HomeSubjectsZones and regionsEuropeCentral and Eastern EuropeRussian and former Soviet worlds

HomeSubjectsZones and regionsEuropeCentral and Eastern EuropeRussian and former Soviet worlds




  • Paris

    Call for papers - Sociology

    Co-Ethnics as Unwanted Others

    Intra-Group Tensions After the Fall of Communism: Causes, Consequences, and Contexts

    Much has been written about the intricacies of acceptance and integration of immigrants who are racial, ethnic and/or confessional ‘others’ in relation to host populations. There are many examples of co-ethnics’ interaction which are overtly or latently accompanied by intra-group conflict, tension and misunderstanding, but academic coverage of co-ethnics’ encounters is far less ‘mature’ in terms of conceptualization, and literature devoted to these issues is far less abundant. The pattern of peoples' interaction being studied is usually a result of various kinds of population movement provoked by serious socio-political cataclysms in the 20th and 21st centuries, including the collapse of multi-national states and the intensification of labor migration resulting from post-socialist economic transformation. Our aim is to bring together international scholars who could present results of their latest research on these topics, preferably from a comparative and/or micro-level perspective.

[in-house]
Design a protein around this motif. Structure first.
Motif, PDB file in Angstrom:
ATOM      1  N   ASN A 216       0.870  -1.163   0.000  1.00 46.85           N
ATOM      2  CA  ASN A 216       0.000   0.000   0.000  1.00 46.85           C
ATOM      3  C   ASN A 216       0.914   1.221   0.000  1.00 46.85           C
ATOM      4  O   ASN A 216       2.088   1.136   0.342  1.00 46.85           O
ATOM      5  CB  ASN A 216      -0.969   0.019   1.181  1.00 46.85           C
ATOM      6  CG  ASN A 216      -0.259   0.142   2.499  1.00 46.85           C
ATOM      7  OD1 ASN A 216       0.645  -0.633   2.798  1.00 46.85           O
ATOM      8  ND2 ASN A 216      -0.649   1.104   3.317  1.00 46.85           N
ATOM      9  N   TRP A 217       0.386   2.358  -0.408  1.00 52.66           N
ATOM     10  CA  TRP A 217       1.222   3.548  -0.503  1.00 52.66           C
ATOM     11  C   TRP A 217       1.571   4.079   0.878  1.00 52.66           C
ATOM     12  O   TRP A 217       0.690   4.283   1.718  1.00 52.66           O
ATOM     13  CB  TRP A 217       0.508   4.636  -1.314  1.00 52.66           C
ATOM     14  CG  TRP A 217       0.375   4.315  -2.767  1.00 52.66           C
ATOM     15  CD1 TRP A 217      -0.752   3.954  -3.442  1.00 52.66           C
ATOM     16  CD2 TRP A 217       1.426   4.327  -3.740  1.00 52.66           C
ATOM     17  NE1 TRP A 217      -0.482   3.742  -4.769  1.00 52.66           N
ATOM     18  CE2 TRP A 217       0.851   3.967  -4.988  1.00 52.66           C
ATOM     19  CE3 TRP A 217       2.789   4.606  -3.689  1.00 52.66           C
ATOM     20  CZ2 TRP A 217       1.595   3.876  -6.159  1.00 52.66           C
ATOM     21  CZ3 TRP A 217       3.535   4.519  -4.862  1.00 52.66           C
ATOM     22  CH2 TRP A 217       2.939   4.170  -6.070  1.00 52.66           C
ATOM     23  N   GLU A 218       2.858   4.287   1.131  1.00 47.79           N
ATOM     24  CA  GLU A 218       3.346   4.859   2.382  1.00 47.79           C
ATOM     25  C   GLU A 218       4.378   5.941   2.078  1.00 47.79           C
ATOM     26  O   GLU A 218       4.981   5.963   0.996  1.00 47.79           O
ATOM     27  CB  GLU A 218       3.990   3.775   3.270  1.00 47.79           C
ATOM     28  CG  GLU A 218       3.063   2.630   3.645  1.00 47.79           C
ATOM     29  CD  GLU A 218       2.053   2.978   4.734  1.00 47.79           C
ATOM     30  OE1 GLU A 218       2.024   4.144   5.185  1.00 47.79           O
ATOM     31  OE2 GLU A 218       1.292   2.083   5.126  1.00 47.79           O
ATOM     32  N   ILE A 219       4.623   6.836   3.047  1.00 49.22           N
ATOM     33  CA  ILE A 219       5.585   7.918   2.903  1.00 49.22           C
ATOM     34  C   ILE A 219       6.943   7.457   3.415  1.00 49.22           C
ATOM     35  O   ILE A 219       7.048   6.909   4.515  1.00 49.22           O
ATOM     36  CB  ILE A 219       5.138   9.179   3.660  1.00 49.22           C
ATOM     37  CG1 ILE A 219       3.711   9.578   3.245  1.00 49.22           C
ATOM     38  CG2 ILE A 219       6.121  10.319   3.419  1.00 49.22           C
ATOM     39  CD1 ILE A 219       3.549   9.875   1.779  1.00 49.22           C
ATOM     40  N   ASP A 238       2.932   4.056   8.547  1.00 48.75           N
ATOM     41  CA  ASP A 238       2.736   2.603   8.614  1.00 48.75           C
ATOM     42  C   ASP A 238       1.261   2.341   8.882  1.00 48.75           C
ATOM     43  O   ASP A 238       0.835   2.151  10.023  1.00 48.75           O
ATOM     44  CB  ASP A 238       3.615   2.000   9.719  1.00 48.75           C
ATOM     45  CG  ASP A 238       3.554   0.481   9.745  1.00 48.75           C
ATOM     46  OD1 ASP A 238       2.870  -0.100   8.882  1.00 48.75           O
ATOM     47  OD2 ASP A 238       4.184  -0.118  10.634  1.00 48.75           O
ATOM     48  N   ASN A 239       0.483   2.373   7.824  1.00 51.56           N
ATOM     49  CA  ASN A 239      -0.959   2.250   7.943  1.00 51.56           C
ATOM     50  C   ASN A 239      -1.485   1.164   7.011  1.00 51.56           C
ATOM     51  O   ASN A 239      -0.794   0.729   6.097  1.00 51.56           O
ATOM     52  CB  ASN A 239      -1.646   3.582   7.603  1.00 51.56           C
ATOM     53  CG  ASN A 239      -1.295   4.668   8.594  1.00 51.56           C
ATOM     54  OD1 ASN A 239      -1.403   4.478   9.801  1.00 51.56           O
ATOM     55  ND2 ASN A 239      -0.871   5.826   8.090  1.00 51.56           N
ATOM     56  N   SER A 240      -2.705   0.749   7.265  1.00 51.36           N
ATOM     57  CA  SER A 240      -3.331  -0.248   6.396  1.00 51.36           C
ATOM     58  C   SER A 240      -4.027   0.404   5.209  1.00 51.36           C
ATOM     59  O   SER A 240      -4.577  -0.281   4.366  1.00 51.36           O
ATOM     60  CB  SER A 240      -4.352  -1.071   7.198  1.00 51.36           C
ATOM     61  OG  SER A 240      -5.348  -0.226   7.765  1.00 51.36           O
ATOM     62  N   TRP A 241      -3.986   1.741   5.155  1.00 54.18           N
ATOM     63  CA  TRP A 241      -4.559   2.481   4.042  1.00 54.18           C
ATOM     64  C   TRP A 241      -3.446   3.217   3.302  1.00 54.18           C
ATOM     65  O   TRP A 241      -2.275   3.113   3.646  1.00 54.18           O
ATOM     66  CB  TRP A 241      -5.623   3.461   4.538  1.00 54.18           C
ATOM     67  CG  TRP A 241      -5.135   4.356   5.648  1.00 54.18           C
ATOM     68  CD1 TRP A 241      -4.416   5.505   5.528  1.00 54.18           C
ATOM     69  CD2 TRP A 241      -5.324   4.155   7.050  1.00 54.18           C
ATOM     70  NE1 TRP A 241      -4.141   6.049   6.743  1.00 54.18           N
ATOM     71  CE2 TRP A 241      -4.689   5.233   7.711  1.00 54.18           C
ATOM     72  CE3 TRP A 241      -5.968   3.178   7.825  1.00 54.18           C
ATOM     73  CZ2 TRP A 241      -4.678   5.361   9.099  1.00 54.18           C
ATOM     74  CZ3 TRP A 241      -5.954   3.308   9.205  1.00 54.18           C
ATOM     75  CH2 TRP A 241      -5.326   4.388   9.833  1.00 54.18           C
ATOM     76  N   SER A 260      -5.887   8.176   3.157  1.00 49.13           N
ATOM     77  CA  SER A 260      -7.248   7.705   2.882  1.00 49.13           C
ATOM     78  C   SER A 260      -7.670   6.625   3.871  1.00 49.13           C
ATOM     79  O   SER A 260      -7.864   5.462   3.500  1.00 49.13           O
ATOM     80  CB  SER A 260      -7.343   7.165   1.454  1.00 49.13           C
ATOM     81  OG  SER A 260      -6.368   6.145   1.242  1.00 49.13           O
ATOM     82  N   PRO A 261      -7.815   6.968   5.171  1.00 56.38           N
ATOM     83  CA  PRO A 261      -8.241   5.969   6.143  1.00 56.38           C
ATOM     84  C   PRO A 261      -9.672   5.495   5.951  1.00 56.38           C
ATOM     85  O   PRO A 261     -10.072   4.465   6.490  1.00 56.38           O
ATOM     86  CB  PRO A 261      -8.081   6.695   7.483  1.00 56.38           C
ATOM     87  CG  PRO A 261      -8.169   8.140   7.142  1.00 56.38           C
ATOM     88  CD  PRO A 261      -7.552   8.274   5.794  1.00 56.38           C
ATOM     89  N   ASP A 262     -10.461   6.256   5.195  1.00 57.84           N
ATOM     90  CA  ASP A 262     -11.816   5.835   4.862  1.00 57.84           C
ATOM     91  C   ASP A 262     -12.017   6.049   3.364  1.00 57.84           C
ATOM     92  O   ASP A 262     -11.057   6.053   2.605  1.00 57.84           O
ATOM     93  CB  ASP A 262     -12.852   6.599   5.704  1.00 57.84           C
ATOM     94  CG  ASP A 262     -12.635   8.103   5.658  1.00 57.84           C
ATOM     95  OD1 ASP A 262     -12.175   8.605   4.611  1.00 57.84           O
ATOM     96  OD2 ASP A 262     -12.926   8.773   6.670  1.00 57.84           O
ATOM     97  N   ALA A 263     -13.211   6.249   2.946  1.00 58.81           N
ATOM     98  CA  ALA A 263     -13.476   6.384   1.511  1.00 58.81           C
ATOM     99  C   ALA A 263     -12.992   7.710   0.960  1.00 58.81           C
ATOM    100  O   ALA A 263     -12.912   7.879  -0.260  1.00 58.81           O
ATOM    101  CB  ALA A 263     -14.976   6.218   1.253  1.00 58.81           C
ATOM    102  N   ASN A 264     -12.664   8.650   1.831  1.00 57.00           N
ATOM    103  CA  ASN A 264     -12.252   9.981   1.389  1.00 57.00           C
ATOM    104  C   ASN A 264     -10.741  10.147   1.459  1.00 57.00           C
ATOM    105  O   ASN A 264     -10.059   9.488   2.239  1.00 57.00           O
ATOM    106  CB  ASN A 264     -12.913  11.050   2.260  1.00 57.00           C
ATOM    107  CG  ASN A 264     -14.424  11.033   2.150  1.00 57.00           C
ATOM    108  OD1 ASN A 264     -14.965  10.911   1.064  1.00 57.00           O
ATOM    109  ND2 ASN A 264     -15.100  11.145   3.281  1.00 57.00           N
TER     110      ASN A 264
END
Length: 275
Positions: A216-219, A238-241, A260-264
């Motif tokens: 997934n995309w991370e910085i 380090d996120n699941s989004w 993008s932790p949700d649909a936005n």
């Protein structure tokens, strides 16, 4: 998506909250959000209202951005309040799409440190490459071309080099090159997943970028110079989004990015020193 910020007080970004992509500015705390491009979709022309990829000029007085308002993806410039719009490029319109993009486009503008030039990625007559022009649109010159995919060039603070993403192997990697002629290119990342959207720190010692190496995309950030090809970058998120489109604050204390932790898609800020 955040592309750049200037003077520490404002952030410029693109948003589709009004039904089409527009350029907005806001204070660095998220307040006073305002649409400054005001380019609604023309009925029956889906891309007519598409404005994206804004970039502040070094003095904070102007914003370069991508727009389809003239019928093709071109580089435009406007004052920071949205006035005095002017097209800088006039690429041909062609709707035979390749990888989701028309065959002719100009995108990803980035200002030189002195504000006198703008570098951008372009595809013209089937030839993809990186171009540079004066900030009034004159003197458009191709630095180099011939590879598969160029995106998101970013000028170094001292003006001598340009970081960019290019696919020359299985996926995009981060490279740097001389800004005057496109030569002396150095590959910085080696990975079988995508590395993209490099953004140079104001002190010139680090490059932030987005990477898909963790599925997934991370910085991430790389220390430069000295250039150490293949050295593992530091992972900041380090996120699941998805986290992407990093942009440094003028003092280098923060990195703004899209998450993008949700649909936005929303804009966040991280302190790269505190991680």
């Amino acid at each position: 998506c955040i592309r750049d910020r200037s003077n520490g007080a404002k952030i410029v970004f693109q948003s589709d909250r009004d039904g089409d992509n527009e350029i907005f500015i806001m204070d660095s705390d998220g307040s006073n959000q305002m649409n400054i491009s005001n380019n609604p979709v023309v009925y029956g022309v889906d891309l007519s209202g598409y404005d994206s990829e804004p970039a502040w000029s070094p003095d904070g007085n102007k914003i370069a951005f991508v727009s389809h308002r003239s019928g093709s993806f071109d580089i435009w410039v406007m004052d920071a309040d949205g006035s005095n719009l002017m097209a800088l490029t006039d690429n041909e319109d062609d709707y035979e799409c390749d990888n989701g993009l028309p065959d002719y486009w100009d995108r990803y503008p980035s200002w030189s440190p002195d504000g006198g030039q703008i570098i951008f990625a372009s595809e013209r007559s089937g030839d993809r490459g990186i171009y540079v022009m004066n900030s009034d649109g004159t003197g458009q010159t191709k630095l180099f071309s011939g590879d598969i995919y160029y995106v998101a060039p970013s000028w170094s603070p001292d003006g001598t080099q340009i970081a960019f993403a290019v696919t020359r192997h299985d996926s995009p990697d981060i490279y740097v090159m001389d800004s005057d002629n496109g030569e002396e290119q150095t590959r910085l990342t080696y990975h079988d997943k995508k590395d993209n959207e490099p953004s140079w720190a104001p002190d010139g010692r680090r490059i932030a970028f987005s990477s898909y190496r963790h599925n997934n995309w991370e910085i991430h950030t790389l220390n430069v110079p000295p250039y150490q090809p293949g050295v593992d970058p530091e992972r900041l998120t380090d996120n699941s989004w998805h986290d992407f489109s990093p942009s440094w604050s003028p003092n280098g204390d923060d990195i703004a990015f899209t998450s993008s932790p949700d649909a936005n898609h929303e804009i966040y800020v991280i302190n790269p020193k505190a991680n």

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  • Paris

    Call for papers - Europe

    Military Journalism in Russia and the Commonwealth of Independent States (CIS)

    Journal of Power Institutions in Post-Soviet Societies, Issue 16 - Spring 2014

    In the sociology of media, the question of military journalism occupies a special place as one carrying significant political and institutional-specific implications. This is particularly obvious in the case of the USSR, where censorship, ideological challenges related to conflicts, and inaccessibility of the army have hindered attempts to gain knowledge of the production process regarding news and information surrounding the military. Since the fall of the USSR, Russian media space has experienced an opening and a liberalization applicable to military journalism. The old Soviet army newspapers have continued to exist (Krasnaia Zvezda, for example) while civil titles dedicated to military topics have appeared (for instance, the military supplement Nezavisimoe Voennoe Obozrenie of the daily newspaper Nezavisimaia Gazeta). At the same time, new independent media have gravitated toward military topics, fed by specialized civil correspondents. This issue of The Journal of Power Institutions in Post-Soviet Societies will be devoted to military journalism in the USSR, Russia and the Commonwealth of Independent States (CIS) from concurrent historical, sociological and political points of view. It will examine the faces of tension and compromise between freedom of the press and constraints suitable for military journalism.

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